You have to pretty much be living under a rock to have never heard of LinkedIn. If this is your first time peeking out, well, I can briefly tell you that it’s the world’s largest online professional network. Refer to this link if you want to know more: https://www.linkedin.com. I’d like to take a moment to address people who are already on LinkedIn.
Have a look at your LinkedIn profile picture. Is it professional? It doesn’t necessarily have to be taken in a photographer’s studio, but it should at least look professional. It is quite acceptable to have your photograph taken in an on-the-job context. Heck, sometimes it’s okay to have a picture taken with your dog. My concern is what I call the “other” category.
It honestly puzzles me when I see some profile pictures. I’ve seen shirtless men holding babies in diapers with Christmas trees behind them. I’ve seen people with half of another person beside them and their arms linked, as if the rest of the wedding party was just chopped out of the image. I’ve seen people in living rooms where there appears to be artwork or statues growing out of the top of their head. I’ll never forget the lady with hair that seemed suspiciously similar to a spider plant cascading around her head. It’s pretty hard to be taken seriously when you are smoking a cigarette (or worse) so clearly this is not advisable while you get your photo snapped.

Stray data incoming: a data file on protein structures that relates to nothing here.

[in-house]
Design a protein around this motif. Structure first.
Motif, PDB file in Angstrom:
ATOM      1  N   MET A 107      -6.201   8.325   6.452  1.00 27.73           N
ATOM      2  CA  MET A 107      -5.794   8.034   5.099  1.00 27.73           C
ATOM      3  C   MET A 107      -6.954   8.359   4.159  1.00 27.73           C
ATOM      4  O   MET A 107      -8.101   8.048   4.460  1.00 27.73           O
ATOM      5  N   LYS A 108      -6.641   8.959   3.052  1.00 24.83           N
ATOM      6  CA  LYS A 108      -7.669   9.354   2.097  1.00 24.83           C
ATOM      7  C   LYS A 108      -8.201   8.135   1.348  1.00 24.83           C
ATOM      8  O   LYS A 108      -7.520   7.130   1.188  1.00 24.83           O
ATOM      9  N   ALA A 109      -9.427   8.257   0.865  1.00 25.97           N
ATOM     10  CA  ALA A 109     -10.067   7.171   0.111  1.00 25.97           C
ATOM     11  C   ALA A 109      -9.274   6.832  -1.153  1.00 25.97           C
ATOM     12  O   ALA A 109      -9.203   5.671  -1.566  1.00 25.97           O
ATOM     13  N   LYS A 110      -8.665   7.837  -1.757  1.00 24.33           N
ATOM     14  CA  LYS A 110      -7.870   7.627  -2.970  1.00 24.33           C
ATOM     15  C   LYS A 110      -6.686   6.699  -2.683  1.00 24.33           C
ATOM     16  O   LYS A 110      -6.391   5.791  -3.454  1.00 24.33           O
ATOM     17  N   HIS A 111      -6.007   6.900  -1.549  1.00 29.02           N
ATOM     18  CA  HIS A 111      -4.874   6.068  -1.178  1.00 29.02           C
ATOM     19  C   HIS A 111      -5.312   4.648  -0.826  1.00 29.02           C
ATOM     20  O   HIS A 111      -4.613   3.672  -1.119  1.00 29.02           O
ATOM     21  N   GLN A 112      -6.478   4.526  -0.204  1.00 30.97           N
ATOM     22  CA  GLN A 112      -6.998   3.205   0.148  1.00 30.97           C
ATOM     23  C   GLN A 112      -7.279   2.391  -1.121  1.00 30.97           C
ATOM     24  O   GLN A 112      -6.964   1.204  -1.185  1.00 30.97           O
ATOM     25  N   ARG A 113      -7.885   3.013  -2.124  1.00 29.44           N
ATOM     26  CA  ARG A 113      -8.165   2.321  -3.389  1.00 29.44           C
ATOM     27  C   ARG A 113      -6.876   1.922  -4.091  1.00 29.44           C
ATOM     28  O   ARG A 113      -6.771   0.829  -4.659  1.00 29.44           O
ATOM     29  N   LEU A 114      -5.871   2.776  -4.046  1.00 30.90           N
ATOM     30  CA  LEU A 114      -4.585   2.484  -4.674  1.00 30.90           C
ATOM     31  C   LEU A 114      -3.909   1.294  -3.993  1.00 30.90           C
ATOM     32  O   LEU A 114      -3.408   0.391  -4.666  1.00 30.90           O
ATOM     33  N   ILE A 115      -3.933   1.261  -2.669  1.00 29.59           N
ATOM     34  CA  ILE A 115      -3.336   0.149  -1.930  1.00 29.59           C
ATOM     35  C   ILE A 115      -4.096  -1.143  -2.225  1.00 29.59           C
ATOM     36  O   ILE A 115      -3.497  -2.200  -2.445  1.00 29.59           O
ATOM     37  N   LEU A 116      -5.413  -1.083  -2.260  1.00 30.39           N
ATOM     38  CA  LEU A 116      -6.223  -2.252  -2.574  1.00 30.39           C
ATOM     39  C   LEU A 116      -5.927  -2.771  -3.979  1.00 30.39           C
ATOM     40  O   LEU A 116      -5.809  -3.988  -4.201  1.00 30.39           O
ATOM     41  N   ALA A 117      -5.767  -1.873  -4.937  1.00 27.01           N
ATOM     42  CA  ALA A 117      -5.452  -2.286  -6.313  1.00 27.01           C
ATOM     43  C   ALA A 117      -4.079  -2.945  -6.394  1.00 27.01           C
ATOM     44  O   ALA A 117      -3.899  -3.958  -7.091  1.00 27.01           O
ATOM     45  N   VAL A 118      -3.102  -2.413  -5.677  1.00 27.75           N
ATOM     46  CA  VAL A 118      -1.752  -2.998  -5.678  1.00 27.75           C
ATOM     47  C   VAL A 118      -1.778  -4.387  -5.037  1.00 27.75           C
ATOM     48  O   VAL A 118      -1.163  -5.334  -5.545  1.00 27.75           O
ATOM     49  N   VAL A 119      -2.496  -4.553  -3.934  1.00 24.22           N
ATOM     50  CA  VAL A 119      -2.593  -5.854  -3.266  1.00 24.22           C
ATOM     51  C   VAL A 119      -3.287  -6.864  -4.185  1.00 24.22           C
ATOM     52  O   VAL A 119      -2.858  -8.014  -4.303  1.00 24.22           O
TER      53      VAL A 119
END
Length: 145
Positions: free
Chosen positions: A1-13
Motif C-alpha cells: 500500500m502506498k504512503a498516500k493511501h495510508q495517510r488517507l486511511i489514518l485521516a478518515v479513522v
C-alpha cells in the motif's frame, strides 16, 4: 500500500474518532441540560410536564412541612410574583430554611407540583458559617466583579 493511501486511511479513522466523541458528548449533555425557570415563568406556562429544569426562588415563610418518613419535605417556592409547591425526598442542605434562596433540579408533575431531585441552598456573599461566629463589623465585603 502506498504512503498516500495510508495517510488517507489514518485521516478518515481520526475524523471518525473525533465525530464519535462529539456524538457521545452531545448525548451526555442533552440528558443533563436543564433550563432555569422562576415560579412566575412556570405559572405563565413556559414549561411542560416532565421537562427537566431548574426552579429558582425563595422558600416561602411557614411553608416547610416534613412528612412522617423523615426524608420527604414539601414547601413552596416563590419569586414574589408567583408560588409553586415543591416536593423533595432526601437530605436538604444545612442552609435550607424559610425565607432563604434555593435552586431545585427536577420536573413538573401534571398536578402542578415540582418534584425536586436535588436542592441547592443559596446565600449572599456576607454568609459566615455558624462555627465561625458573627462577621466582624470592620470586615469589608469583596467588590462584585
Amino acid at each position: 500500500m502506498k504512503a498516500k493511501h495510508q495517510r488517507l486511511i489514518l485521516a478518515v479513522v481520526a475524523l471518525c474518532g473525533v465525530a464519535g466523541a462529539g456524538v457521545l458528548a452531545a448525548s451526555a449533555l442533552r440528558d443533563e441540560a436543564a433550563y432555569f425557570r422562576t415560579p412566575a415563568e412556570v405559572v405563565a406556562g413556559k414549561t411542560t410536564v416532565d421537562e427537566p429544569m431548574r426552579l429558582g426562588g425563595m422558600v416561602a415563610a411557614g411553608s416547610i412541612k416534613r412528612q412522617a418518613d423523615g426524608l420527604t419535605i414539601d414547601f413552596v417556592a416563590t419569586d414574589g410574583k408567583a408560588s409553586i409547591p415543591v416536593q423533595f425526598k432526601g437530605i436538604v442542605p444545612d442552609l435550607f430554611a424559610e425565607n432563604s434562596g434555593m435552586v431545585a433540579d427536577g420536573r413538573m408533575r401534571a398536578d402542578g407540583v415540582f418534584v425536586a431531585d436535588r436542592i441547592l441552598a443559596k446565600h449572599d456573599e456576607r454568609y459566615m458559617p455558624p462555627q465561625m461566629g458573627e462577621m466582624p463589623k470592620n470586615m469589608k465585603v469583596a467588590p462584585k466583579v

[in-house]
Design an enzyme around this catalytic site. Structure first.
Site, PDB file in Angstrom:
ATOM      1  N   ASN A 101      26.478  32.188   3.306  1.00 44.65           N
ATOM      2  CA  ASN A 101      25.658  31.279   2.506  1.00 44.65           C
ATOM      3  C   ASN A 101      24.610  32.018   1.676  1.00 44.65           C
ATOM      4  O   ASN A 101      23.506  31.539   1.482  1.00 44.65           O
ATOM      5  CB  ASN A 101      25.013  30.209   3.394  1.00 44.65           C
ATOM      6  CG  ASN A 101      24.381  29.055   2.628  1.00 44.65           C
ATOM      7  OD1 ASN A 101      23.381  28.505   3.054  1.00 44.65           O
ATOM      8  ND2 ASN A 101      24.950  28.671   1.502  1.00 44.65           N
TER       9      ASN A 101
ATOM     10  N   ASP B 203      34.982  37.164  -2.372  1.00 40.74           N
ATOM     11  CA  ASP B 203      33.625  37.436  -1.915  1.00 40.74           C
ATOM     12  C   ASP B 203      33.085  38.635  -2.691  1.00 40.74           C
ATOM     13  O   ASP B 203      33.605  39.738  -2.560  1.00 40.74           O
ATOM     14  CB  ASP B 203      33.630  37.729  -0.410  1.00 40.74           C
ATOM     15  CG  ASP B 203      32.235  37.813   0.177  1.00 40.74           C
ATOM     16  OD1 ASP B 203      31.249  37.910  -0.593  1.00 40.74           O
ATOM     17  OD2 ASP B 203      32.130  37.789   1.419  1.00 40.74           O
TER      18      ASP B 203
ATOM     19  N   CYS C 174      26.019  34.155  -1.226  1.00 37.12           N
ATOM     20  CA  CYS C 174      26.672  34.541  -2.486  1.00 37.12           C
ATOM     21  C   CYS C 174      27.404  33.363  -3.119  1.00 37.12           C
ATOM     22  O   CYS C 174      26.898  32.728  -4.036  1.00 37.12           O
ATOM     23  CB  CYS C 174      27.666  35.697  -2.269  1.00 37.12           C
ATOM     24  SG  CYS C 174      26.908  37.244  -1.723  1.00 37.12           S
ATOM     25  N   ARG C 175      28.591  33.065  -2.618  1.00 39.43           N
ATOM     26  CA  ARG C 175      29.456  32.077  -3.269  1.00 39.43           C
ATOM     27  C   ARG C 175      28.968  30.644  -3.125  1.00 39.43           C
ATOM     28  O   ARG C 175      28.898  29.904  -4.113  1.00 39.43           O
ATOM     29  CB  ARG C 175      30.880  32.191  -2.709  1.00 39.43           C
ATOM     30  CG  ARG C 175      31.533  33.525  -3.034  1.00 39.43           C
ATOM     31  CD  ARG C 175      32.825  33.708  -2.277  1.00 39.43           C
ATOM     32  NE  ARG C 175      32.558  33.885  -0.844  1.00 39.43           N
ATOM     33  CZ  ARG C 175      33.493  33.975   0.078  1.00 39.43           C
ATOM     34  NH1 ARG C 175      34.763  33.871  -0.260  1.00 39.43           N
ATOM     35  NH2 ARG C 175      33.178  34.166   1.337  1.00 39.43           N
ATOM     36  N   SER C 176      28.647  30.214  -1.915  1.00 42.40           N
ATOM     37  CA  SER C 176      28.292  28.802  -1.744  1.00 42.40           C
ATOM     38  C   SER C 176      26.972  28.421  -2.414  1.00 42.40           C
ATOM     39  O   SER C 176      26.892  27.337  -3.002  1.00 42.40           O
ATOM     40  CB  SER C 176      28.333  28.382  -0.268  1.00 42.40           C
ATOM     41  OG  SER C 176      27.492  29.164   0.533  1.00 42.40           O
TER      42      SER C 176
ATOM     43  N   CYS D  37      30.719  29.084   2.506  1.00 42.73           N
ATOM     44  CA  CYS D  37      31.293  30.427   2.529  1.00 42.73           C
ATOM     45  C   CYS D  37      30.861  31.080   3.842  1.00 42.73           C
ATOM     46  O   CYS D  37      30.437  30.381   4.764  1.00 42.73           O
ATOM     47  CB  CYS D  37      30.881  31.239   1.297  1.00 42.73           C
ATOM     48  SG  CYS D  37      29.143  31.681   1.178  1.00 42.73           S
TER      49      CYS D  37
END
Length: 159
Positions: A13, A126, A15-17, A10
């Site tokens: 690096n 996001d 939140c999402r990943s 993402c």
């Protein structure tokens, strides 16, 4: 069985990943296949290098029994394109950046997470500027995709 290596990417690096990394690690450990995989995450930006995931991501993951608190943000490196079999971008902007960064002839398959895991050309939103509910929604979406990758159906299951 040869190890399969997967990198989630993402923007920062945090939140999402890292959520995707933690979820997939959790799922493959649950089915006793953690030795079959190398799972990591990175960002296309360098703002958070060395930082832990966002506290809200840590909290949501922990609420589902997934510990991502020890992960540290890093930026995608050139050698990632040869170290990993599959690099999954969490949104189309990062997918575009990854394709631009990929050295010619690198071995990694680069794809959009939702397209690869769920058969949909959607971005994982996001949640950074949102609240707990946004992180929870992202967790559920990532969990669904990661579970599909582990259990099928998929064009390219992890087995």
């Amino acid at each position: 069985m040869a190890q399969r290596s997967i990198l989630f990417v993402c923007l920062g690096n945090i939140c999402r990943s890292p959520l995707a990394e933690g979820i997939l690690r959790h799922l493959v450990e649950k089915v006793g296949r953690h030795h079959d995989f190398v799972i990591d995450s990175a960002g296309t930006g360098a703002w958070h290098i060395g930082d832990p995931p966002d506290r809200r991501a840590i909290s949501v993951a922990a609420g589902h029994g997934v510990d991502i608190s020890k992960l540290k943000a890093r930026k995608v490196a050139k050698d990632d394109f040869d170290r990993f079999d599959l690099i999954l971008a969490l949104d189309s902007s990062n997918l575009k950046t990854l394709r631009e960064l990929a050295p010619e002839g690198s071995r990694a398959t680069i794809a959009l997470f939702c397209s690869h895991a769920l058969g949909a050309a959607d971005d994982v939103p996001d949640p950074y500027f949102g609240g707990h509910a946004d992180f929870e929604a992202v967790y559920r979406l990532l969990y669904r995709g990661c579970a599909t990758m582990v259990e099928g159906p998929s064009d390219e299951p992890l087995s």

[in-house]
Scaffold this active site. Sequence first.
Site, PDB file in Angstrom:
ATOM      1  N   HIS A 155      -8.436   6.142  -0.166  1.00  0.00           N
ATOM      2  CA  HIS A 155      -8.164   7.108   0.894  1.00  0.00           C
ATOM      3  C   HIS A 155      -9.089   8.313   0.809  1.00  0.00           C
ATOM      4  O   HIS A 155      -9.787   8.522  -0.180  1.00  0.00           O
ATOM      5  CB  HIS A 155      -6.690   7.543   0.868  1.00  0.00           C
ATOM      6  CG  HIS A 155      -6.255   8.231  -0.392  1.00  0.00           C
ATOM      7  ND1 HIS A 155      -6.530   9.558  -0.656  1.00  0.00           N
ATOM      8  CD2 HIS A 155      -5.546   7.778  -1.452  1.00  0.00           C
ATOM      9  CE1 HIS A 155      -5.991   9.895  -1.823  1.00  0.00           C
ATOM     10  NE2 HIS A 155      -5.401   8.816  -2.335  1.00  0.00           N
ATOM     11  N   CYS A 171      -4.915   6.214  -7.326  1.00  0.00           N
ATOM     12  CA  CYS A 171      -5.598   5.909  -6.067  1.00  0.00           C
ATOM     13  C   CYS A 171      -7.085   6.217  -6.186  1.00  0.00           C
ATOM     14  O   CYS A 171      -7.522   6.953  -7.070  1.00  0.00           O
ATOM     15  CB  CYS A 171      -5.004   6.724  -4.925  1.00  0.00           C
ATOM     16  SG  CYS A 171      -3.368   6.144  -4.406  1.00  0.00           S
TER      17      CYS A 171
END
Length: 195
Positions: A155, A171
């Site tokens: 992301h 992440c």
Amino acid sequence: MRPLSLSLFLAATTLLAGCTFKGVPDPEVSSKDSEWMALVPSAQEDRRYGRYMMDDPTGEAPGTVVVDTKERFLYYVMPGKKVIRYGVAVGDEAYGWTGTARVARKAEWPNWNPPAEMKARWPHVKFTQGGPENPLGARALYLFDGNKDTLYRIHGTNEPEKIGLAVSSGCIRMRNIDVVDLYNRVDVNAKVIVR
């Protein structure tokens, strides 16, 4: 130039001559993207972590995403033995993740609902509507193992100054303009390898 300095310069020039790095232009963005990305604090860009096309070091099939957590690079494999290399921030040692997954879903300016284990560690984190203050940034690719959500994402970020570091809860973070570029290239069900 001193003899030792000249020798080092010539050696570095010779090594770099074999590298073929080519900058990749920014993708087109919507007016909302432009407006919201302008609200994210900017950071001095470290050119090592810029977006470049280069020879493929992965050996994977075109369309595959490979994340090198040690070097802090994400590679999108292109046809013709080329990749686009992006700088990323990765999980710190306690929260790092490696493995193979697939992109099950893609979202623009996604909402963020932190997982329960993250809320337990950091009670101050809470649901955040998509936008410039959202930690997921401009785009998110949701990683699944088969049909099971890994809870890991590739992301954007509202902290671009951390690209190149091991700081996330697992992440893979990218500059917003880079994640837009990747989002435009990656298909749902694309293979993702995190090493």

Make sure the resolution and size meet the technical specs of the site. Nobody wants to see what I call “hamburger head”… a picture that is stretched sideways much like, well… a hamburger.
Ideally, retain a professional photographer. Ladies however, please steer away from what we call “Glamour Shots” from the 80s. I occasionally still see the slightly blurry images, feather boas (I’m not kidding), extreme make up (twin exhaust pipe-type eyes) and billowing hair. Here’s the thing: if you are inside, say in front of a bookcase, it just doesn’t make sense that your hair would be blowing in any direction let alone windswept over your head.
I constantly hear from my recruiter and human resource contacts that they are stunned when they see some pictures. More importantly, they sometimes base their decision not to call the job candidate in for an interview because of the picture.
You can never go wrong by playing it conservative.
And for those of you who still do not have a profile picture: get one! People hire people, not white cartoon outlines of heads in grey boxes. The last time I heard, a picture makes your profile seven times more likely to be viewed by others.
Whether you are just joining LinkedIn or realize you need to update your photo, don’t forget to smile!